A government was formed in Finland over the weekend (December 8th, 2019), with a coalition coming together comprising of five parties, all led by women. This landmark event was given even greater shine when Sanna Marin was chosen by her Social Democratic party to replace outgoing prime minister Antti Rinne, making her the current youngest PM in the world, at 34.

As the leader of a centre-left coalition, with four leaders under the age of 35, Marin's promotion was celebrated by former PM Alexander Stubb, who said that it showed the country was a "modern and progressive" one.

He took to Twitter to call the five female leaders "pioneers", adding: "My party is not in government, but I rejoice that the leaders of the five parties in government are female."

The government shake-up came after the stepping down of prime minister Mr Rinne, who lost the support of the Centre Party, whom he had been in coalition with. They cited a lack of trust in their move to withdraw support, following his handling of a postal strike.

The Social Democrats join the Centre Party, Greens, Left Alliance and the Swedish People's Party in coalition, allowing a majority of 117 in the 200-seat parliament.

Sanna Marin is now the world's youngest PM / Photo Credit: Vesa Moilanen/STT-Lehtikuva/PA Images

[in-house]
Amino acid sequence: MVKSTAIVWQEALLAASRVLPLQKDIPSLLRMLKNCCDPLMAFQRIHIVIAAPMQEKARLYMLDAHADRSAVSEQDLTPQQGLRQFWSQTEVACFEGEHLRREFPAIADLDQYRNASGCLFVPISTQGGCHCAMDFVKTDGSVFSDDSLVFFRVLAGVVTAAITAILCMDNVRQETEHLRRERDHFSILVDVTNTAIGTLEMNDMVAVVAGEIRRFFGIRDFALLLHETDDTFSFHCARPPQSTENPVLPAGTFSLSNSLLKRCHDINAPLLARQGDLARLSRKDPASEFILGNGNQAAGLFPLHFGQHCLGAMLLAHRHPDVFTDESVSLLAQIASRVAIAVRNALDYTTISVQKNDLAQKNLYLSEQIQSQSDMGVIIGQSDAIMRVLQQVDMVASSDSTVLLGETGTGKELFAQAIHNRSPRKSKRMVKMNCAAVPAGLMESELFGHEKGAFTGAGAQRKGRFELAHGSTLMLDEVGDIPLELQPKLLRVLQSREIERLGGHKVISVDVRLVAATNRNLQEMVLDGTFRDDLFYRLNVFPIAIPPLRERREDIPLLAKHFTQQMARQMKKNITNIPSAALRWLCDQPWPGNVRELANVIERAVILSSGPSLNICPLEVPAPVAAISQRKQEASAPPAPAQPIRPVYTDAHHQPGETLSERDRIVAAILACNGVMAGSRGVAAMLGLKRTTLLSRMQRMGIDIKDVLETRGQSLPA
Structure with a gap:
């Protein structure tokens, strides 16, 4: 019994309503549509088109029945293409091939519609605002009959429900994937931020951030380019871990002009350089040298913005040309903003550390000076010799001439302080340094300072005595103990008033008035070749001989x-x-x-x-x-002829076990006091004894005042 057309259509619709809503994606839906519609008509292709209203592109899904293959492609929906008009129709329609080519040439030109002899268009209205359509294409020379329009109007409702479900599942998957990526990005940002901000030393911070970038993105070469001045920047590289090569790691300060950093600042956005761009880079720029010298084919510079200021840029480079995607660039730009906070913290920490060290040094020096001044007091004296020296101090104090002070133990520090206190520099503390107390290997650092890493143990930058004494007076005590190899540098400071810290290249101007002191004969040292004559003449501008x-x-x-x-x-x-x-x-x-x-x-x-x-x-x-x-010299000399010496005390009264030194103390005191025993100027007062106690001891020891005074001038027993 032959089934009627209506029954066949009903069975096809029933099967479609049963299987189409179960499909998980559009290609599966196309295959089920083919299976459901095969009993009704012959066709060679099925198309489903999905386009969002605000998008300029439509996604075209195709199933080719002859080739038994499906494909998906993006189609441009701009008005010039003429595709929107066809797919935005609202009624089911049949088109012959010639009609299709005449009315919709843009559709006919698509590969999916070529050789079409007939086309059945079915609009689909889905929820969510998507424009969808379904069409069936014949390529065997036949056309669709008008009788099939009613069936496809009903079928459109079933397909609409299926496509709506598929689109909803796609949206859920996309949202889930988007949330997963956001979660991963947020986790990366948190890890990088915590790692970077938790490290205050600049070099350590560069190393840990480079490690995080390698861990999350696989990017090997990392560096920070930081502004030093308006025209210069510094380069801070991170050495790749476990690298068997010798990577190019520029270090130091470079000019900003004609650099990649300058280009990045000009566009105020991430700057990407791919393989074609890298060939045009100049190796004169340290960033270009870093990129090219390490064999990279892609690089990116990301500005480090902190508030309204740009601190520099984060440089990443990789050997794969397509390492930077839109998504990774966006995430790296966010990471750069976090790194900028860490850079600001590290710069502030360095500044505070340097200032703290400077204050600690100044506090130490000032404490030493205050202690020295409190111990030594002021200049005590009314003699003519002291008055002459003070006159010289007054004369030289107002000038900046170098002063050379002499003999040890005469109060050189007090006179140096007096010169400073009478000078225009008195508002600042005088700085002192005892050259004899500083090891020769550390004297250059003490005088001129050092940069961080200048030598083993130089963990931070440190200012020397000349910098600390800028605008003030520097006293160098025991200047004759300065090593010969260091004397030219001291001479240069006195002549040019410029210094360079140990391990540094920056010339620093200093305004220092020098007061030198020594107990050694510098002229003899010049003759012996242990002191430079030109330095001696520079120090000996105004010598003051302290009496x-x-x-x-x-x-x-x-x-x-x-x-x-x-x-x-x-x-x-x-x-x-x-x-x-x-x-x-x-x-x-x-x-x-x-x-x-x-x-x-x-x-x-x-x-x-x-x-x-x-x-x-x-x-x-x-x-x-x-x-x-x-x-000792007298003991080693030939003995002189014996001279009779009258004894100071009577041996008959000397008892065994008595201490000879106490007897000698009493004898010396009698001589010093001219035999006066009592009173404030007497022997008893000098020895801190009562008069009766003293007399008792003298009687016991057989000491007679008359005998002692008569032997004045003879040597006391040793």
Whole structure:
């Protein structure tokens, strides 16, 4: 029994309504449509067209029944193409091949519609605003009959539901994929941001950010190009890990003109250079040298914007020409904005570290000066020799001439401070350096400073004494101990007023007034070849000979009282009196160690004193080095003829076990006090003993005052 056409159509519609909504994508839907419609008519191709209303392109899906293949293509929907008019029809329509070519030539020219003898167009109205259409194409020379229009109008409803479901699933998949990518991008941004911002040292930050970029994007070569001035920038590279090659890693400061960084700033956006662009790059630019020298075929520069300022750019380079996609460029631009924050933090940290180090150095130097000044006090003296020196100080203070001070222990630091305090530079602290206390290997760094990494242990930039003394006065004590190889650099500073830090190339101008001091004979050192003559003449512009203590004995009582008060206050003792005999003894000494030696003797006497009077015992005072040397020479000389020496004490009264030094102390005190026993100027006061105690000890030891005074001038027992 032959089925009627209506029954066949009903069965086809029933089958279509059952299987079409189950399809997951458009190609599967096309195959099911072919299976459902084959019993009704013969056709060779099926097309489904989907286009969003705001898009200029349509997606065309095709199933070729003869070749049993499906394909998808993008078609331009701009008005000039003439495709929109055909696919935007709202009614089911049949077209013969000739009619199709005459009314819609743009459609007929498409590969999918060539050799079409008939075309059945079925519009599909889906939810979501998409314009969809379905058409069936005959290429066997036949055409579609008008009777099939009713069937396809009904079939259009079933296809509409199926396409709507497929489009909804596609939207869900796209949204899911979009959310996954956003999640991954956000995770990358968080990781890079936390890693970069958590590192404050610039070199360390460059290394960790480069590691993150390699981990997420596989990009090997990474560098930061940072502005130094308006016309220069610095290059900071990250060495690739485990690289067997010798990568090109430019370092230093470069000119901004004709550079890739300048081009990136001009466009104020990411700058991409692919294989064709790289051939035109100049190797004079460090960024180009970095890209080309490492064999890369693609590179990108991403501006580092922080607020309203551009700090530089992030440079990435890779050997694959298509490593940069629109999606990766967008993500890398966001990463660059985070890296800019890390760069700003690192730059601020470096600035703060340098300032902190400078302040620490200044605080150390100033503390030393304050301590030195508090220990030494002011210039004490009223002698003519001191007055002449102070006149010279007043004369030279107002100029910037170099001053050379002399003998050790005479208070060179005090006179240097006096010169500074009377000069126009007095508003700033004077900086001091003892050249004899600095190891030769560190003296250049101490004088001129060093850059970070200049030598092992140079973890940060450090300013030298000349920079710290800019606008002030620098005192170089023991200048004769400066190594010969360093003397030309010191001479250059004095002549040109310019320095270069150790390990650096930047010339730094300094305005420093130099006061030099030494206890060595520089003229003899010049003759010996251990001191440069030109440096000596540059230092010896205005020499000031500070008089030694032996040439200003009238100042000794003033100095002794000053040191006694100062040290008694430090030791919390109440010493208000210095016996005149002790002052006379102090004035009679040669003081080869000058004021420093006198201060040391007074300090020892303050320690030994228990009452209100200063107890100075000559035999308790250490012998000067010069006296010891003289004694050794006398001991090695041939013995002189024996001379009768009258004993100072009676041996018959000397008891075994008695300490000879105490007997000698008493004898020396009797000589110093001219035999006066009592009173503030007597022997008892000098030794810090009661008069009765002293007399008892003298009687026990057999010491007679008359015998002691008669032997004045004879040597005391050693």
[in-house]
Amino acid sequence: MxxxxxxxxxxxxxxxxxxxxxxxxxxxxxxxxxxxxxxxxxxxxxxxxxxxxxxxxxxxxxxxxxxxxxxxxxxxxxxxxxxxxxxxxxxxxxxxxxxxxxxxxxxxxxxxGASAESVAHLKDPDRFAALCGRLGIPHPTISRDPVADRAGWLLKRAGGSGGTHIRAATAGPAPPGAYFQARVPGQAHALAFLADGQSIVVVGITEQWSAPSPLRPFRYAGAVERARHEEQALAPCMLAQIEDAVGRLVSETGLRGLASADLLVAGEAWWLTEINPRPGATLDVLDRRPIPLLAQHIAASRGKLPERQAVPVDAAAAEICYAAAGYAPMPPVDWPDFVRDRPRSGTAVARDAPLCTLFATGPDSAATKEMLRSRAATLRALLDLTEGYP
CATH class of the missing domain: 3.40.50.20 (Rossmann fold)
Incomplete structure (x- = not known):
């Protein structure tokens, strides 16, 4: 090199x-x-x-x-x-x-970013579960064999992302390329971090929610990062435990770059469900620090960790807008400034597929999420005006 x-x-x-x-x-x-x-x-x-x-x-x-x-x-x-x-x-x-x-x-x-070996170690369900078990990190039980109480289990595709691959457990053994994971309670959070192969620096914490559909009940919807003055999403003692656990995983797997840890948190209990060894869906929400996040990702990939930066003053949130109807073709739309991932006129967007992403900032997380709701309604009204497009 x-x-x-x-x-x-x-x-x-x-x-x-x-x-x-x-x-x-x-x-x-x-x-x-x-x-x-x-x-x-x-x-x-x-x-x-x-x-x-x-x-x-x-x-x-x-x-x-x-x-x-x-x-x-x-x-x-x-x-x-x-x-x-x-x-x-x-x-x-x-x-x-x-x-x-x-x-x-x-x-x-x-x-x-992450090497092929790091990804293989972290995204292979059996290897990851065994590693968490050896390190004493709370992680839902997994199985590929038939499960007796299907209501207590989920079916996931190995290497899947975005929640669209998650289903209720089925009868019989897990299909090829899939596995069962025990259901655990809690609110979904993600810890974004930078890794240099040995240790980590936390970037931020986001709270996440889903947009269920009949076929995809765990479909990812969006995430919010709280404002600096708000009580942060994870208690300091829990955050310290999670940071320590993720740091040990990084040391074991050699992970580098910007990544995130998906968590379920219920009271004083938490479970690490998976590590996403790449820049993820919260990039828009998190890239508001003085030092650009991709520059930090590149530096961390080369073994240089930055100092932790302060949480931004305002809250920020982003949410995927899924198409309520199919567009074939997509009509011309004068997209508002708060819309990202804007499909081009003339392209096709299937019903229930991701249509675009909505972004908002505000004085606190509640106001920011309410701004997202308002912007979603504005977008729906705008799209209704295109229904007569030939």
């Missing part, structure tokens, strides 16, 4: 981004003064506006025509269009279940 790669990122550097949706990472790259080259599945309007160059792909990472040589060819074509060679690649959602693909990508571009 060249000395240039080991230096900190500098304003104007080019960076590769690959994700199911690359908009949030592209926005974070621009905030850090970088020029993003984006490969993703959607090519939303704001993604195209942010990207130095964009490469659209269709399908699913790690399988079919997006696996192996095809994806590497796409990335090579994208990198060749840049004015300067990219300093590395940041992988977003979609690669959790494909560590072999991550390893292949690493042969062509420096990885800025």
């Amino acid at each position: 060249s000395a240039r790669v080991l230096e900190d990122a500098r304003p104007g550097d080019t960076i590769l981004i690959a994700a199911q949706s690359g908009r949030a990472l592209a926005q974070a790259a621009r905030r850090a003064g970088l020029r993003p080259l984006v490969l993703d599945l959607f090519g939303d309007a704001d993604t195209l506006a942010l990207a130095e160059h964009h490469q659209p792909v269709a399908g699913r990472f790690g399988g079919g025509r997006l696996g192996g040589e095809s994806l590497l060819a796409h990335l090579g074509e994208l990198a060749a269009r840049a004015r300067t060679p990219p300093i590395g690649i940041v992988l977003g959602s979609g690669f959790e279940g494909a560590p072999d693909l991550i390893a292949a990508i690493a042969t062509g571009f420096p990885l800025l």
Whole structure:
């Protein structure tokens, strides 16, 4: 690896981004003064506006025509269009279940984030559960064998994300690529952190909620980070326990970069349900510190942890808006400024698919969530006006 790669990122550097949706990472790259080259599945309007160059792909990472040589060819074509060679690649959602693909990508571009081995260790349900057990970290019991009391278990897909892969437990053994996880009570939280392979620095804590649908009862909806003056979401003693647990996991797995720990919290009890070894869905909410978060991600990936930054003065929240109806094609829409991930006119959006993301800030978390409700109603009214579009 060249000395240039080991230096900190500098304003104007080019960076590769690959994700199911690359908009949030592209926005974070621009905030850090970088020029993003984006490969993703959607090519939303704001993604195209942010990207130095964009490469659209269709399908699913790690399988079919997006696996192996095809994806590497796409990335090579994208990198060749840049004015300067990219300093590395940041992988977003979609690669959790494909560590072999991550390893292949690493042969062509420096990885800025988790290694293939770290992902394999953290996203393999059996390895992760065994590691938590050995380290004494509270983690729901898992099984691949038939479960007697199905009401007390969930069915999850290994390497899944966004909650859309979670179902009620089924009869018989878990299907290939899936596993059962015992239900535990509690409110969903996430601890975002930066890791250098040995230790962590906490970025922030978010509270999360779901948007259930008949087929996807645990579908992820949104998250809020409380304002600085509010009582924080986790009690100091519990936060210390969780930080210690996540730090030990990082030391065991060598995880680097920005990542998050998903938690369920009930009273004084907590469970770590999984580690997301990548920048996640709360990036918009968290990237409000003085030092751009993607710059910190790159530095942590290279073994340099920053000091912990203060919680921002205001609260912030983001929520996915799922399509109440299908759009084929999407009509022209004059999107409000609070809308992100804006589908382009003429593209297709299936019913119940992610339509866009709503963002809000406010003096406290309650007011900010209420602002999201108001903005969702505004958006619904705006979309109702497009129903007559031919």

Sanna Marin is now the world's youngest PM / Photo Credit: Vesa Moilanen/STT-Lehtikuva/PA Images

Ms Marin is somebody who has grown up in a modern world, raised by her mother and her mother's female partner in a rented apartment. She was the first member of her family to study at university, and quickly made an impact upon joining the Social Democrats. At just 27-years-old, she headed Tampere's city administration, before moving into the political world as an MP in 2015. Ahead of her new role, Ms Marin served as transport and communications minister for six months. 

Speaking with reporters after winning the vote to lead her party by a narrow margin, she admitted: "We have a lot of work to do to rebuild trust." She also took questions relating to her age, and said: "I have never thought about my age - or gender. I think of the reasons I got into politics and those things for which we have won the trust of the electorate."

Despite currently being in power, the Social Democrats now stand at just 13% in the latest polls, with their biggest rivals, the nationalist Finns, on 24%. It's going to be interesting to see if Ms Marin's leadership will go any way towards changing that for the better - especially since the policies enacted by the new government will likely be very similar to those that were already being passed by former PM, Mr Rinne.

by for www.femalefirst.co.uk
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